The interesting David Williamson wrote a piece about Margaret Thatcher's legacy which was published in Thursday's Western Mail. I know its two days late, but I want to chip in my 'two pennyworth'. Perhaps unusually for a Conservative politician, I don't think I've ever invoked the name of Mrs Thatcher gratuitously, either to praise or condemn. But I do consider her to have been the best Prime Minister of the United Kingdom within my memory - particularly during the early years of her premiership. It seemed to me that she sought office to make a difference, rather than for its own sake. And in general, I approved of the difference she made. Its interesting that both Tony Blair and Gordon Brown have wanted to associate themselves with her during their stays at No 10, Downing St..
It was the Thatcher Government that dragged industrial relations and the British economy back from the brink of chaos in the early 80s. There was a stand off with militant trade unions that the Government simply had to win. She was fortunate that the powerful coal mining union was led by a vain and foolish man named Arthur Scargill, who was sustained by a loyalty that he did not deserve. It was truly a case of lions led to defeat by a donkey. The legacy of this war still marks political opinion in the valleys of Wales. I sometimes try to imagine how much of the economic base of the coalfields would have been saved if the miners had been led by a man with the vision and skill of Tyrone Sullivan, who led the Tower buy-out and has always been a genuine Welsh hero to me.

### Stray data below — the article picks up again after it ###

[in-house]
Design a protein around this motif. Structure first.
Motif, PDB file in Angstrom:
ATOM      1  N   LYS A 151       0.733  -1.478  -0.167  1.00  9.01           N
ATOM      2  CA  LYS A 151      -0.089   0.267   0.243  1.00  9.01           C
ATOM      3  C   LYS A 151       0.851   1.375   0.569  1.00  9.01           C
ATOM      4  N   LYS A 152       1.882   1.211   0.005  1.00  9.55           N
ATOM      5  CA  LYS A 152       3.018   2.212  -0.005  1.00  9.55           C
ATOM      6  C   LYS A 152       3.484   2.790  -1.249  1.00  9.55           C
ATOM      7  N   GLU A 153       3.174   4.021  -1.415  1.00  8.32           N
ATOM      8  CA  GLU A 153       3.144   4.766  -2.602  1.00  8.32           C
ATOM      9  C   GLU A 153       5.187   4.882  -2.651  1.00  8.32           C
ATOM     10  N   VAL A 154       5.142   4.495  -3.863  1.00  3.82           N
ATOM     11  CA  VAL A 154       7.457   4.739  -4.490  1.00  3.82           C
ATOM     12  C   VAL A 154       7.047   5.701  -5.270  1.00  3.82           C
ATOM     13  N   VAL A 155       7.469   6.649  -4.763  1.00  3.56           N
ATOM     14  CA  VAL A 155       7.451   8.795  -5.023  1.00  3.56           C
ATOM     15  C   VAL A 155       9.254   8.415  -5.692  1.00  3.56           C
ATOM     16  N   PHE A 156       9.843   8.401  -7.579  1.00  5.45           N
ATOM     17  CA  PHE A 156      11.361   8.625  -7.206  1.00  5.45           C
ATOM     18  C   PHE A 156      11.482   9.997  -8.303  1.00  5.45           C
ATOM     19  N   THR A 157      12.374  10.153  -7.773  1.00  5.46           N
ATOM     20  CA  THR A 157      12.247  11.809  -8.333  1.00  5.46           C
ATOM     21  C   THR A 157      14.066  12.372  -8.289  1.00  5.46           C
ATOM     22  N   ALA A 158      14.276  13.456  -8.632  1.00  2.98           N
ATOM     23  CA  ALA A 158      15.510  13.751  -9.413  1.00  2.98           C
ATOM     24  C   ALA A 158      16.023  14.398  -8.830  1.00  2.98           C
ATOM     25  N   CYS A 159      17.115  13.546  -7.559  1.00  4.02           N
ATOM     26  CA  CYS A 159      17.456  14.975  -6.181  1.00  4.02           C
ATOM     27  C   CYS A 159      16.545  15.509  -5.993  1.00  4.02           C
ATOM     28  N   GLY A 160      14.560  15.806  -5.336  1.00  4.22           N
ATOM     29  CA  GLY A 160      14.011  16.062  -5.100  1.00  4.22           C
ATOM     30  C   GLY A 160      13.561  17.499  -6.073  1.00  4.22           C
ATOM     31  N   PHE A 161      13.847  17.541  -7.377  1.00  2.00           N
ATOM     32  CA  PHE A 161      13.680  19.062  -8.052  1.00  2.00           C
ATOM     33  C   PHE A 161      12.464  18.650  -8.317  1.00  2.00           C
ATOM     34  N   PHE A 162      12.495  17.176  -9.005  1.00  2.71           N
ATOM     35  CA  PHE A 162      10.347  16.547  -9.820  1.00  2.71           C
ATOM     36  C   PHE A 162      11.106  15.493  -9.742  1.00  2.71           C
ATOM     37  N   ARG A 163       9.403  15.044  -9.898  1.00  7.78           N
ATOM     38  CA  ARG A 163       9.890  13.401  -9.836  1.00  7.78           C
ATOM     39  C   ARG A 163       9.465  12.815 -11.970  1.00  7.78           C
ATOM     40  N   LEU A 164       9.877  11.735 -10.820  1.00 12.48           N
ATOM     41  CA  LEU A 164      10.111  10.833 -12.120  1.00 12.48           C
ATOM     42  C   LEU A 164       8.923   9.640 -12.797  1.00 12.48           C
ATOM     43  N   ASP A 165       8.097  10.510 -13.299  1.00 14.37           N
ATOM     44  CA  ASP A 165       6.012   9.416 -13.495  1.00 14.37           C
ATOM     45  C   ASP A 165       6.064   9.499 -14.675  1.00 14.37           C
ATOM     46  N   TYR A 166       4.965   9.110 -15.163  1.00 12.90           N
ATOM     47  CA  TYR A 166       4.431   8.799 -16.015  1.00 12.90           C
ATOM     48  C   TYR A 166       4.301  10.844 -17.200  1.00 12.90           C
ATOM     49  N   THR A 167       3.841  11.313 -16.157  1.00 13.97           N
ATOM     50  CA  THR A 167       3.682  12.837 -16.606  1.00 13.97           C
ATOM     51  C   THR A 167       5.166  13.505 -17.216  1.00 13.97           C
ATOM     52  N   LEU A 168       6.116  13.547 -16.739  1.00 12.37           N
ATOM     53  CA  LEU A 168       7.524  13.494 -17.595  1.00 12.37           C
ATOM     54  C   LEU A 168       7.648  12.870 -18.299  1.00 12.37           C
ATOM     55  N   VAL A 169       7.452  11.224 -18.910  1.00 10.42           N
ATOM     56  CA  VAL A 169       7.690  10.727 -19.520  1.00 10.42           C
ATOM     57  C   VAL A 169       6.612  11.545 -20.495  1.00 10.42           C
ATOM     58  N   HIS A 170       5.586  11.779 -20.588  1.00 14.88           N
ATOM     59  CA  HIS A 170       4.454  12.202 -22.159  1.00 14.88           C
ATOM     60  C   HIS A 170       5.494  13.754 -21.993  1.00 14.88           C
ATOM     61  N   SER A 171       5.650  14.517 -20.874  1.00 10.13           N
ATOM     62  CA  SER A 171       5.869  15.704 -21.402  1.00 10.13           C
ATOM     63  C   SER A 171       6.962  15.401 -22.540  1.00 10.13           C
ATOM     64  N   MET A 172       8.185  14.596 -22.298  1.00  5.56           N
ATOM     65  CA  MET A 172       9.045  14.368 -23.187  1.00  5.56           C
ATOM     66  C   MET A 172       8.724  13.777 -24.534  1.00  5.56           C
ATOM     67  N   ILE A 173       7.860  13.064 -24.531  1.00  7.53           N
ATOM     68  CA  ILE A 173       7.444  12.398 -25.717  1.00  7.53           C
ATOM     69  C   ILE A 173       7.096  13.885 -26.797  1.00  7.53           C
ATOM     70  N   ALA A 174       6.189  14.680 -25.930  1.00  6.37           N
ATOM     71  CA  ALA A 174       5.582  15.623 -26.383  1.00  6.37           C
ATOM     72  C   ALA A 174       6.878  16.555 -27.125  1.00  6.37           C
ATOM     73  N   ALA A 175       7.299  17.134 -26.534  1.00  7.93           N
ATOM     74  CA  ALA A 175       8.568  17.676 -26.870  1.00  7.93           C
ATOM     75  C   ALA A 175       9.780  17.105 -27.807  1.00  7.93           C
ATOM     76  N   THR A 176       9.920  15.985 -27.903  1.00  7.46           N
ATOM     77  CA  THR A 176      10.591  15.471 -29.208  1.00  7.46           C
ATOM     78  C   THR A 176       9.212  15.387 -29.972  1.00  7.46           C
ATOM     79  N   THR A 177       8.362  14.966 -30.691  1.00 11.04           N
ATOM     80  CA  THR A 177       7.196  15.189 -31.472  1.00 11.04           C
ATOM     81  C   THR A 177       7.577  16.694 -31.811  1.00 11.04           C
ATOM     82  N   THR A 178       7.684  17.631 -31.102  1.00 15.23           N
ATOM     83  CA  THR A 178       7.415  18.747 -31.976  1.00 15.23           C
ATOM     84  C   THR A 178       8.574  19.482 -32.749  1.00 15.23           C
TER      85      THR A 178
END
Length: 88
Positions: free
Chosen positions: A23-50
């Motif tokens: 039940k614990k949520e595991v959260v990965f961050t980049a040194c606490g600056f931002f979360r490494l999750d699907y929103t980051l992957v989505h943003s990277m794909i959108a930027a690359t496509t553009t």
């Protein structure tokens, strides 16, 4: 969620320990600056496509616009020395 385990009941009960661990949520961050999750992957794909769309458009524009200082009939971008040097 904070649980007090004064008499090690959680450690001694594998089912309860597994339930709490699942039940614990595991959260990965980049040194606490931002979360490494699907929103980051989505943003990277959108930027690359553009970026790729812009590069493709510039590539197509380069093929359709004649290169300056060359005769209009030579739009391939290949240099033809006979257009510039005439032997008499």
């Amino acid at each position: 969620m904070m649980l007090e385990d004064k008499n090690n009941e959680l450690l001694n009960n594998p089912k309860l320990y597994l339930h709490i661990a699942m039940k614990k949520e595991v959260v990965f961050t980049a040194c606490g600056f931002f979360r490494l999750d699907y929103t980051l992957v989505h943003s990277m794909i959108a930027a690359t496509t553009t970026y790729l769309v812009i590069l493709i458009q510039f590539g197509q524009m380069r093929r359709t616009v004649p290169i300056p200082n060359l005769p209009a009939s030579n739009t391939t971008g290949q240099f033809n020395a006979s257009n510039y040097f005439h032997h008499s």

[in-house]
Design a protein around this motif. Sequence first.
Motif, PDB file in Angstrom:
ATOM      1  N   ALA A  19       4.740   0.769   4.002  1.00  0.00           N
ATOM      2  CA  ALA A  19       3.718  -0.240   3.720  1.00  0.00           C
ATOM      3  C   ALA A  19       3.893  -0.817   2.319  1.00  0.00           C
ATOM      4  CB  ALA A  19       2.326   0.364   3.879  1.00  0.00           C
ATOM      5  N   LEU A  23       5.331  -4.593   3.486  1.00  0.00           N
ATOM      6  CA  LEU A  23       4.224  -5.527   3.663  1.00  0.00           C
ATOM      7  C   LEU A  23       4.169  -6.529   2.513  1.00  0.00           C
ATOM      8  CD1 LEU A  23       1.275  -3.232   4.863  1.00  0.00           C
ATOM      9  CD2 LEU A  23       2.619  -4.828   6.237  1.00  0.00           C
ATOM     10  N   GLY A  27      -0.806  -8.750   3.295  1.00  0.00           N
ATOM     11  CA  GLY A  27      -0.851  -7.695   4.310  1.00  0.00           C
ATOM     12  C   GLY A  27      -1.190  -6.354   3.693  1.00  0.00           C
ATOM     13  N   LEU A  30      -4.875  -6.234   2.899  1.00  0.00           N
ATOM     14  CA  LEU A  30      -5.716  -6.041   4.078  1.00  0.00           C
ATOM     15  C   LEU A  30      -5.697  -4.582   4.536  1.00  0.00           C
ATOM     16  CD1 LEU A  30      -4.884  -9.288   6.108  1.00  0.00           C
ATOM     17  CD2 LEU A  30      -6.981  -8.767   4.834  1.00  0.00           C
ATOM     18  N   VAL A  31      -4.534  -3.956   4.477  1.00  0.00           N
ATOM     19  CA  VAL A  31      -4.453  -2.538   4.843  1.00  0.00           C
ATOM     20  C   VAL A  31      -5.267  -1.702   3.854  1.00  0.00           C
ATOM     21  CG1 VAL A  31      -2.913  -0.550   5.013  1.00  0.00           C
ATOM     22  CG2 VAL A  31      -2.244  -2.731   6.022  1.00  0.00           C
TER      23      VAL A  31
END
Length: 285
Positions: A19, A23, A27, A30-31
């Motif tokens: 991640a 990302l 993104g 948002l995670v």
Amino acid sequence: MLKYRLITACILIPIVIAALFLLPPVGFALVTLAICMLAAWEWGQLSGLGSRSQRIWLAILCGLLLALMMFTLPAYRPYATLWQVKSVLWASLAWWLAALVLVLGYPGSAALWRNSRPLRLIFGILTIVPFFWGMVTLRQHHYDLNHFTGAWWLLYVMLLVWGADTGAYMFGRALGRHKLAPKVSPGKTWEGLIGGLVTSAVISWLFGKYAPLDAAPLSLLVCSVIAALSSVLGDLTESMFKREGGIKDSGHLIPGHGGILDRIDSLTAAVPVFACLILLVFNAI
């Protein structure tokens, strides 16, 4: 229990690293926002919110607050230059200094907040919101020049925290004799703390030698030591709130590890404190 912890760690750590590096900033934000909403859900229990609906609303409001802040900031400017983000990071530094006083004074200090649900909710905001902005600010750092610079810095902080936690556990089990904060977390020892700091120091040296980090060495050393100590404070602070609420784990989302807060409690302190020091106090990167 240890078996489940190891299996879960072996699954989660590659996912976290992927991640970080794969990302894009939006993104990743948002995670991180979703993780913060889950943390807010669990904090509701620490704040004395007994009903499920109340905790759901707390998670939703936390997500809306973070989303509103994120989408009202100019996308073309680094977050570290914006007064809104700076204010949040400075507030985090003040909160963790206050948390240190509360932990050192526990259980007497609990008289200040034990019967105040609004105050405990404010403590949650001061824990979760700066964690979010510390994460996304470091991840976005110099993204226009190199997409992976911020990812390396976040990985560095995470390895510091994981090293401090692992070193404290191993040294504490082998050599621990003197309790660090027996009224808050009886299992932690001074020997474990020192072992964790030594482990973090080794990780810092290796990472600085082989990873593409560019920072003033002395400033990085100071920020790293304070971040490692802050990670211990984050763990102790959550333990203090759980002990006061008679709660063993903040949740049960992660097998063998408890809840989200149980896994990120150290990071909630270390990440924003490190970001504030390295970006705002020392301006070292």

The Thatcher Government also displayed great courage in international politics - and much of this was down to Mrs Thatcher's determined personality. History will probably record that it was Mrs Thatcher who put the necessary steel into George Bush to emancipate Kuwait following the Iraqi invasion. And I suspect very few British politicians would have had the b**** to take on Galtieri to expel his occupancy of the Falkland Islands. She helped bring order on both the national and international plane.
But her greatest achievement was to roll back the state through measures such as the privatization of utilities and the sale of council houses. There are still some who believe that nationalisation of business is sensible (Northern Rock being a current example) , that the state should act as social landlord to the population, and that there is no room for independent alternatives or involvement in the delivery of our public services. But thankfully not many.
I did not agree with all that Thatcher Government's did. I was Chair of a Welsh Local Authority when the Community Charge (usually referred to as the Poll Tax) was introduced - and I accepted our Treasurer's opinion at the time that it was unworkable. And I thought the uncompromising rhetoric during the latter part of her premiership portrayed us as being much more uncaring and divisive than we need have been. But I still think she stands head and shoulders above anyone else who has held the office of Prime Minister since the war. She set out to make a difference, and she succeeded. And the credit balance far outweighs the debit side.